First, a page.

It’s taken a long time for Miami to get here, in Charlotte playing for the ACC title.
14 years to be exact.
And up until last week, the Hurricanes were having the perfect season. Yes, there were some things that could have been changed: close games against inferior teams, missing plays that were there to be made on offense, blown assignments on defense, etc.
But, with a record of 10-0, this team, as a unit was perfect. Everything crumbled on Black Friday in Pittsburgh last week, with the Canes suffering an ugly, ugly loss featuring some downright terrible individual performances.
Now, the team has to regroup quickly and refocus on the little details and fundamentals that turn good teams into great one.
That task was made a wee bit more difficult with the injury news that came out of the Hecht Center this week: TE Chris Herndon, who left the Pittsburgh game in the third quarter with a knee injury, suffered an MCL tear that, as a senior, would end his college career.
A few days later, it was star receiver Ahmmon Richards being carted off Greentree practice field with a torn meniscus. Out for the season.
That’s the 2nd and 3rd leading receivers for the Miami Hurricanes gone in an instant, in addition to Mark Walton, who has been out since FSU with a leg injury. As they prepare to face their toughest challenge yet this year, the Canes will be without arguably their three best offensive players.
And say what you want about Richards being hobbled all season anyways: his absence will absolutely make a difference on Saturday. Richards is constantly drawing double-teams and attention in his direction, thereby opening up the field for Herndon, Braxton Berrios, Jeff Thomas, and others. He was an all-round threat, able to work the short game and shake tight coverage as a possession receiver, while also showing the ability to blow the top off the defense and burn DB’s on a deep ball.
It will be a total team effort attempting to replace Richards. Without him, everyone else in the receiving corps will have to bring their “A-game”. Thomas needs to use his speed and get behind coverages, while early-season hero Darrell Langham, Lawrence Cager, and Dayall Harris will be relied on to churn out yardage and work the chains.
Michael Irvin II is basically the new starting tight end by default, after former Miami tight end Jovani Haskins spent time in Mark Richt’s doghouse and transferred to WVU in the spring. As a UM legacy, Irvin II hopes to come even somewhat close to his famous father’s career at Miami, but he’s had to overcome some early hiccups.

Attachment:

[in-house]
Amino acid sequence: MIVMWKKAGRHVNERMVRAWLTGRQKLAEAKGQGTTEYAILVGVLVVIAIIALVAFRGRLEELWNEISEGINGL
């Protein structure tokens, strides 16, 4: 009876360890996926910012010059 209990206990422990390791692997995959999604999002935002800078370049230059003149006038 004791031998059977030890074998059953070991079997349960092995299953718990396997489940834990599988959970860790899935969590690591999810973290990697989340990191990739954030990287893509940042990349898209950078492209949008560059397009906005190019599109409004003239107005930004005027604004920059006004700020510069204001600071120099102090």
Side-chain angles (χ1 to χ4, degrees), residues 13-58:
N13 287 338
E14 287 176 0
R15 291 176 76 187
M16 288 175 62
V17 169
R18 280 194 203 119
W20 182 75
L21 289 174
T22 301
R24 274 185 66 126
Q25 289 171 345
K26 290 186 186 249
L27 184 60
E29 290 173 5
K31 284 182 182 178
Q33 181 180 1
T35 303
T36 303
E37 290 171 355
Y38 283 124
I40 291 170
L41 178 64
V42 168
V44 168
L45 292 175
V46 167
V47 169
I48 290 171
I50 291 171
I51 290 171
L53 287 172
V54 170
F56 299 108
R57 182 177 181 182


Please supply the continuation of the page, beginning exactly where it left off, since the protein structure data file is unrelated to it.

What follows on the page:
As a freshman last season, Irvin II got himself suspended for Miami’s bowl game against WVU, and then showed up to spring ball overweight and out of shape to begin his redshirt freshman campaign. This season, the former St. Thomas Aquinas star was held out of the Syracuse game for undisclosed reasons.
“Irvin hasn’t done what he’s supposed to do off the field and until he does, we won’t let him play,” Mark Richt said in response to Irvin II’s absence.
He returned the next week against UNC and has posted five catches for 56 yards in a limited backup role spelling Herndon this season. But in the biggest moment of the year for Miami, now the spotlight is on Irvin II.
“We don’t want him to be Chris Herndon, because I don’t think he can be,” Berrios said. “He can only be Michael Irvin. And anything he can do to help us win, that’s what he’s going to do.”
Herndon was a master of the short bubble screen pass Mark Richt is so fond of. Most important on a bubble screen is recognizing the coverage the defense is in pre-snap at the line of scrimmage. If the defense is playing soft coverage or to stop the run, the receiver must recognize it and be on the same page as the QB to take advantage of that.
Irvin II has shown he can execute this concept, most notably taking a bubble screen for a first down against UVA. But can he be as consistent as Herndon? And will he be able to hold up in the blocking phase of the game? Those will be some of the key aspects to keep your eyes on during Saturday’s tilt against Clemson.
Some expect Richt to utilize more “4-wide” personnel to offset the loss of Herndon. While I believe we’ll see slightly more of that, especially if Miami is down late, don’t anticipate a full-scale change in offensive approach for the Canes.
“We’ve got to do what we do. We’ve hardly run a snap in two years without a tight end. So it’s very important to our offense,” Richt said.
It’s all hand on deck this week for Miami. With everything on the line, the Canes can’t afford to have even one weak link.